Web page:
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Swansea has a whole host of treasures just lying within its midst, from the Red Lady of Paviland to the 4200 year old flint dagger that formed the basis for Saving Treasures; Telling Stories first Community Archaeology project, ‘The Lost Treasures of Swansea Bay’. With the rip roaring tides, miles of beaches and hidden caves waiting to be discovered, you’d expect the sea (for which the city is named) to occasionally stir up something significant; but what about an unassuming Welsh livestock farm? Doesn’t sound like the setting for a major archaeological discovery, does it? Suprisingly, that’s exactly where local man, Geoff Archer, picked up one half of a Middle Bronze Age copper-alloy palstave axe mould dating somewhere between 1400-1200 BC.

It was over two decades ago when Geoff first picked up a metal detector, having first taken it up as a hobby after he got married. But it wasn’t until he retired last year that he was able to really get out into the field, and armed with a pair of wellies and a brand spanking new detector, he decided to venture to one of his old jaunts – a farm not far from his home.

“Over the last few nights I’d been thinking about going to the farm and something was telling me to go to the right hand side of it, just to walk the fields,” he explains, “so that’s what I did.” After traipsing around in the mud for a few hours, Geoff stumbled upon a patch of uneven terrace he couldn’t help but investigate.

Unearthing History

“I got to the lumpy, bumpy parts, had a couple of signals – nothing much.” But then Geoff had another signal, “a cracking signal” and realised it was time to dig around in the dirt to find out what it was. Figuring it would just be another case of random odds and sods, or a coke bottle lid (they find an abundance of litter!) he was surprised to hear a clunk.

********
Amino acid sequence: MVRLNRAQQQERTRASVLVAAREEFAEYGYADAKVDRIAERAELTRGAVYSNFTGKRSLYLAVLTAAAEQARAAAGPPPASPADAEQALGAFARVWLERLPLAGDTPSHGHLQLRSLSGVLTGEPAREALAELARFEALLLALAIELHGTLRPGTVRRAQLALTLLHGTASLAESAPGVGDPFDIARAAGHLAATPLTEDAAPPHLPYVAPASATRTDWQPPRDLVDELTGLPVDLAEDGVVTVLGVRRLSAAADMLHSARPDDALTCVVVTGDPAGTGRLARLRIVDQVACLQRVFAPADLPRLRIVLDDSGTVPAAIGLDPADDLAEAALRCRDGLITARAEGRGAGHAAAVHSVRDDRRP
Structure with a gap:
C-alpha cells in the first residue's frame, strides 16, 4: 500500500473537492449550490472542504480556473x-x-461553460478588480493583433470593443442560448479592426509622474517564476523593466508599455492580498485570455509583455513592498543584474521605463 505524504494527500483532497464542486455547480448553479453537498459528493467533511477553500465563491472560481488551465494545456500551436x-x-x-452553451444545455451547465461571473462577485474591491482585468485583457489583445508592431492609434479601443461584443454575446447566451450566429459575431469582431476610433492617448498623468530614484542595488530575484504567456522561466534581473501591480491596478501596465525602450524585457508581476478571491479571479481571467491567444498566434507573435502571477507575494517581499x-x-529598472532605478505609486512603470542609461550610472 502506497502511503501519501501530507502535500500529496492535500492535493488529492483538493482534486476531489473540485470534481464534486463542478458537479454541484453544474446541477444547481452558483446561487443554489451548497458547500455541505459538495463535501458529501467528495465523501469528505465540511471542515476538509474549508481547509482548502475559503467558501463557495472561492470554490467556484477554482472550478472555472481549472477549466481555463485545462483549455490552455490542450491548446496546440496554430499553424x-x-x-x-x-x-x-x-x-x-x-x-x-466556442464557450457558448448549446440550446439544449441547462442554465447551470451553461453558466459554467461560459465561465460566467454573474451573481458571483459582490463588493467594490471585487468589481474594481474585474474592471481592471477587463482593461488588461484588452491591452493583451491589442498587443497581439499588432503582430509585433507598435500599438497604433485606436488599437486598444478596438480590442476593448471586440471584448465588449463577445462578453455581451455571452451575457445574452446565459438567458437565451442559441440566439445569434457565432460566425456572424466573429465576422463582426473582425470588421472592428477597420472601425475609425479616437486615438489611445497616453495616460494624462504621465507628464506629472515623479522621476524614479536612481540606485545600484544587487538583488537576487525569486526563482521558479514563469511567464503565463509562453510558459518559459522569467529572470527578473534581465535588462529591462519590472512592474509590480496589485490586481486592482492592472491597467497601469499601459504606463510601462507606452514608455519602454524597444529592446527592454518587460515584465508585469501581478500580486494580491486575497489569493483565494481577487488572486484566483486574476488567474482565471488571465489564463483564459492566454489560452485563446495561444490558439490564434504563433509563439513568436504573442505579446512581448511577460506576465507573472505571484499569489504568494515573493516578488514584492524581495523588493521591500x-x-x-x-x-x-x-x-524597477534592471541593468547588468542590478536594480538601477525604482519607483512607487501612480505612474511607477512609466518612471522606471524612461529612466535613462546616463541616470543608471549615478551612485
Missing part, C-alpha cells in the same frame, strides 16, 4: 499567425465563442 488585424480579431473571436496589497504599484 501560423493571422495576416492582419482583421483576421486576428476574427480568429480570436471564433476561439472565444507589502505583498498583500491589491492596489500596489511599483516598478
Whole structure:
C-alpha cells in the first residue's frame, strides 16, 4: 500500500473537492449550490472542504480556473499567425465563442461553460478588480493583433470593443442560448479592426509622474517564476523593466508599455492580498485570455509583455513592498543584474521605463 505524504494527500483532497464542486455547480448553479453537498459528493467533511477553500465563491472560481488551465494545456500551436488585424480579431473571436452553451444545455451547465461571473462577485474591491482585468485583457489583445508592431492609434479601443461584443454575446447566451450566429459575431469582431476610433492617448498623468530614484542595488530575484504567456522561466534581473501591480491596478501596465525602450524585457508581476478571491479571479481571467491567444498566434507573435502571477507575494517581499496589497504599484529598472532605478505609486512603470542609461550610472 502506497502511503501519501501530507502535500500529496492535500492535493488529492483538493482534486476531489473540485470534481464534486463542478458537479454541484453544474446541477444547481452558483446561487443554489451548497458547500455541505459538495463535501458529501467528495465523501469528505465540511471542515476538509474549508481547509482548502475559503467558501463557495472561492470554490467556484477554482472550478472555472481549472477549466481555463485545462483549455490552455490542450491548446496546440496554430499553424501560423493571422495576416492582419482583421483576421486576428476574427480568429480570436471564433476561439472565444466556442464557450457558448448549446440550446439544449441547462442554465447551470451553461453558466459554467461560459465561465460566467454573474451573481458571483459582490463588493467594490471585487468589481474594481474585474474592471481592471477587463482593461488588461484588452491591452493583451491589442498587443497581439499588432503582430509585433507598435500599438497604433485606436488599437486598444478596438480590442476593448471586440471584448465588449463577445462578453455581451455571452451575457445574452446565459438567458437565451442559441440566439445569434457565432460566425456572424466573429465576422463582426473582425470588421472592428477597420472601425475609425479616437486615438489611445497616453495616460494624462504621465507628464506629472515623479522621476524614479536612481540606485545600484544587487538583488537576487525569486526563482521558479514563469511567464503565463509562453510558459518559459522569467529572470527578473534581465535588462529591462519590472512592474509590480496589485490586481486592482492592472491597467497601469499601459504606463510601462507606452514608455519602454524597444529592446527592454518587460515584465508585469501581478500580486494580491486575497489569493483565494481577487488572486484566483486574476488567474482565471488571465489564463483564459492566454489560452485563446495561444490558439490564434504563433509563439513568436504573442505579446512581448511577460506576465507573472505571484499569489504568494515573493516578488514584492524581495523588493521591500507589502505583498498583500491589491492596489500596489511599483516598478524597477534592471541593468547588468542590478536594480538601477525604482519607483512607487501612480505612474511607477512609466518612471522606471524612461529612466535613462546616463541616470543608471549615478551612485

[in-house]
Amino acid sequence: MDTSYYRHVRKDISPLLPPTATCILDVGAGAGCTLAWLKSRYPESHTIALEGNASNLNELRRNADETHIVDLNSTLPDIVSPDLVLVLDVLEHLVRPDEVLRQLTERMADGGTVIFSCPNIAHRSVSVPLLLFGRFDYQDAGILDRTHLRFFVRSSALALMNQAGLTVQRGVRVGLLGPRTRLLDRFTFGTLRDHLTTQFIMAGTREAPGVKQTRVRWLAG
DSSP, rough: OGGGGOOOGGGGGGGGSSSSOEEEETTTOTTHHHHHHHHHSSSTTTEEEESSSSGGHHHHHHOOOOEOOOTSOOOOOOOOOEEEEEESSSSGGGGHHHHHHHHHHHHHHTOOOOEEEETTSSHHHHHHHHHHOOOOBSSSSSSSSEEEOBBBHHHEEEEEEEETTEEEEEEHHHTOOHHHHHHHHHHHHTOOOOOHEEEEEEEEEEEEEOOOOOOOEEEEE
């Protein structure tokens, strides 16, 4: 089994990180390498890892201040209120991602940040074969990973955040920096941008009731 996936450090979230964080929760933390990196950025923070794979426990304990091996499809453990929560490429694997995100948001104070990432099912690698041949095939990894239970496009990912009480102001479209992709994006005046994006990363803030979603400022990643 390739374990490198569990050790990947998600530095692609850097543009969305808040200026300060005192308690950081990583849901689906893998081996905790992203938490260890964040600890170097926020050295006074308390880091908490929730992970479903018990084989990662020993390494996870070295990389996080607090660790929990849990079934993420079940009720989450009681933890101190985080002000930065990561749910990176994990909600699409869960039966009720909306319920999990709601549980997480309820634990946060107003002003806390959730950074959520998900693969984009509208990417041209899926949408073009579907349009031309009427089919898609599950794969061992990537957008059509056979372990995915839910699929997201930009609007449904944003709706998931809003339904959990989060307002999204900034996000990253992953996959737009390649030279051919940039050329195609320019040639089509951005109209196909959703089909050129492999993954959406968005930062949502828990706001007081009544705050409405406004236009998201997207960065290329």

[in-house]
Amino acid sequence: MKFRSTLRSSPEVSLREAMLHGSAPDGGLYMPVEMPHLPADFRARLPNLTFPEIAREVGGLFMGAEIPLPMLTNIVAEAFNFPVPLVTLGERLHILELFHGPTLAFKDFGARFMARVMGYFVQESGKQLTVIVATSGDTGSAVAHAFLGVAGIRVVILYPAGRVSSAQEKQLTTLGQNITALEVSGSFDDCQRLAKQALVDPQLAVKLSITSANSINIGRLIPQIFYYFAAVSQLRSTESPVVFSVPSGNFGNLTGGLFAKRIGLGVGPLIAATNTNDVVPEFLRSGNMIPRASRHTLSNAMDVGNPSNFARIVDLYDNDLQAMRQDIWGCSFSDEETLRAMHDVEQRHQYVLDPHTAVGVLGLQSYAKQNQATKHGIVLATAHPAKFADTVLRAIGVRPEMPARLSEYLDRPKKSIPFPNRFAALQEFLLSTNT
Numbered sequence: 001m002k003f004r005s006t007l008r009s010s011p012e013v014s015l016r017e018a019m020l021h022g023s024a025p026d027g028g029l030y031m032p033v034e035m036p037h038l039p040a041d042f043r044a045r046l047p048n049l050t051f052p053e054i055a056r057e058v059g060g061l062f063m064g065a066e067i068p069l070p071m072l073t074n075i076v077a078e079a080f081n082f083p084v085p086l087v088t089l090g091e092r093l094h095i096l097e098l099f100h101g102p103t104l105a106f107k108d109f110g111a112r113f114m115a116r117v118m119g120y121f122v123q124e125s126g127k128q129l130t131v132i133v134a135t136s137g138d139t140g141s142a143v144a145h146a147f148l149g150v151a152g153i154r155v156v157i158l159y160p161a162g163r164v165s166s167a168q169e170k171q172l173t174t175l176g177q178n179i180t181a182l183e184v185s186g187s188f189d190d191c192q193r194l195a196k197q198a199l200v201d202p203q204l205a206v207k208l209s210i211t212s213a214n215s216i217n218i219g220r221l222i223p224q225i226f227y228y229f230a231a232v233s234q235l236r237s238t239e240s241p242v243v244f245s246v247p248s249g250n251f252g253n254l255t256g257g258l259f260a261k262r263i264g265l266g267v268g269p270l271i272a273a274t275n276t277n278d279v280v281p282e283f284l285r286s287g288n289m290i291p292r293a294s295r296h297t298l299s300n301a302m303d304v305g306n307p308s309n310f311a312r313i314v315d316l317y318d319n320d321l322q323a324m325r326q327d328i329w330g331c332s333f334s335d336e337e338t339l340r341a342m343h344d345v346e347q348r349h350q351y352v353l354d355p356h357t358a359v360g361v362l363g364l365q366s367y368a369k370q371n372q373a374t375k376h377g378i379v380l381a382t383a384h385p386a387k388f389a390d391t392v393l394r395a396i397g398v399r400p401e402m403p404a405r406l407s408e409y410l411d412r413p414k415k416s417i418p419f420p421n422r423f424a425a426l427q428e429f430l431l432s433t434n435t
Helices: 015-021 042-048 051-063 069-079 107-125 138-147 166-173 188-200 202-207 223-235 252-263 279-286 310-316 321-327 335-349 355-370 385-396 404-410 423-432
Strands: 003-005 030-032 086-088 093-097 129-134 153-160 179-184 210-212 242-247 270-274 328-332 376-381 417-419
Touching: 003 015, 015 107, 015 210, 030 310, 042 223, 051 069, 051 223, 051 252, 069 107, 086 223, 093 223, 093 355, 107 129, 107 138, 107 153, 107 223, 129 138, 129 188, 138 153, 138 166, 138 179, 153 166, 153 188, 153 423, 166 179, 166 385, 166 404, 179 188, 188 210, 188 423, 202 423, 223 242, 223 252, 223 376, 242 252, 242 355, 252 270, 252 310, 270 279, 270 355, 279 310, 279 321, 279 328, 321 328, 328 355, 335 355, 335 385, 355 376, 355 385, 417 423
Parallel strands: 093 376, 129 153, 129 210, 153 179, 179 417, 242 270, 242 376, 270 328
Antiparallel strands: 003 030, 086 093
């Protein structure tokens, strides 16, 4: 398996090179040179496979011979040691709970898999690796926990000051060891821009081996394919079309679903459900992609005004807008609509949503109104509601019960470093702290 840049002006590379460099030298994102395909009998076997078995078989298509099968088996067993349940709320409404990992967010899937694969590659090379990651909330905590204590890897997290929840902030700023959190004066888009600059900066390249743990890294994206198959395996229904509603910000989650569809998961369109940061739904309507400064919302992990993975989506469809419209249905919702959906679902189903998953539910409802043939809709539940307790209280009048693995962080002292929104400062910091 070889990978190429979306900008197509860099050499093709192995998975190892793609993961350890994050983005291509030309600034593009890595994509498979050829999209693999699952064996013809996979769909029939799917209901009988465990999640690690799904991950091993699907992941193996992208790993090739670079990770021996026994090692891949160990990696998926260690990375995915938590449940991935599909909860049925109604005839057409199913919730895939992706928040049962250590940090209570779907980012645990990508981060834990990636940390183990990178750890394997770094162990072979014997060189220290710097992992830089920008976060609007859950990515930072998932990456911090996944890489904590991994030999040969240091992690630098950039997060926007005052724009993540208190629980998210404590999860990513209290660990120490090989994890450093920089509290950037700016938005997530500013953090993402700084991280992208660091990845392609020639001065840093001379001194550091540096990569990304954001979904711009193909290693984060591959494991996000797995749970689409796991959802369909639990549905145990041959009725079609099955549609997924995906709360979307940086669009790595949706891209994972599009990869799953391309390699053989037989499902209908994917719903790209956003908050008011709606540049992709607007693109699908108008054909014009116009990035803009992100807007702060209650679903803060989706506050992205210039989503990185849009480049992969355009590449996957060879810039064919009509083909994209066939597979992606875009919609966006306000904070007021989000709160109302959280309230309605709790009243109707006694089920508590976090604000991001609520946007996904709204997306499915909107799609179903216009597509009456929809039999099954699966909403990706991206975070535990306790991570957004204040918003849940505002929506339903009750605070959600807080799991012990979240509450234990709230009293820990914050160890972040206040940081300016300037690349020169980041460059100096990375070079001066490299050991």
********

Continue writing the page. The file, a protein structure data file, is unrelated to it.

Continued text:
“I hit this bloomin’ great big stone, so I dug around it, lifted up a clod of earth” and underneath yet another stone he noticed something interesting inside the muddy cave, something not made of rock. “What the heck’s that?” he thought, picking up the oddity with care. 

“I pulled it out and on the back end of the mould there’s, like, ribs.” This prompted Geoff to recall a discovery he made about 15 years ago, when he wasn’t so rehearsed in Bronze Age metalwork.

“Going back, must be about 15 years ago, I found an item - I didn’t know what it was. I wasn’t experienced enough then. So this item, I took it home and I put it in the garage, as most detectorists do!” He had a feeling it was important but wasn’t sure why.

After a few years of picking the item up off his work bench and trying to decipher its meaning, Geoff decided to take it up to the kitchen and do some research. “So I started buying books to research Roman, believe it or not, alright? So, I bought this book and I was looking through it. I got to the part for the Stone Age, read that. Then I got to the Bronze Age, and I turned a couple of pages and there was the item I’d found! Bronze Age Axe Head. My jaw just dropped, right? And the Bronze Age Axe Head had ribs on the outside.”

Devastatingly, Geoff has misplaced the axe head, which he is now, more than ever, desperate to locate – and even more upsetting still, it’s the same type of axe as the mould he discovered 15 years later would have been built to make. “It’s what they call a loop, I think it’s got two loops on this one, each side, where they used to put, if you can imagine, the Bronze Age axe head. It’s flat, but this part at the back, its round and they put it over the wood and then they loop it, they tie it onto the wood to secure it.”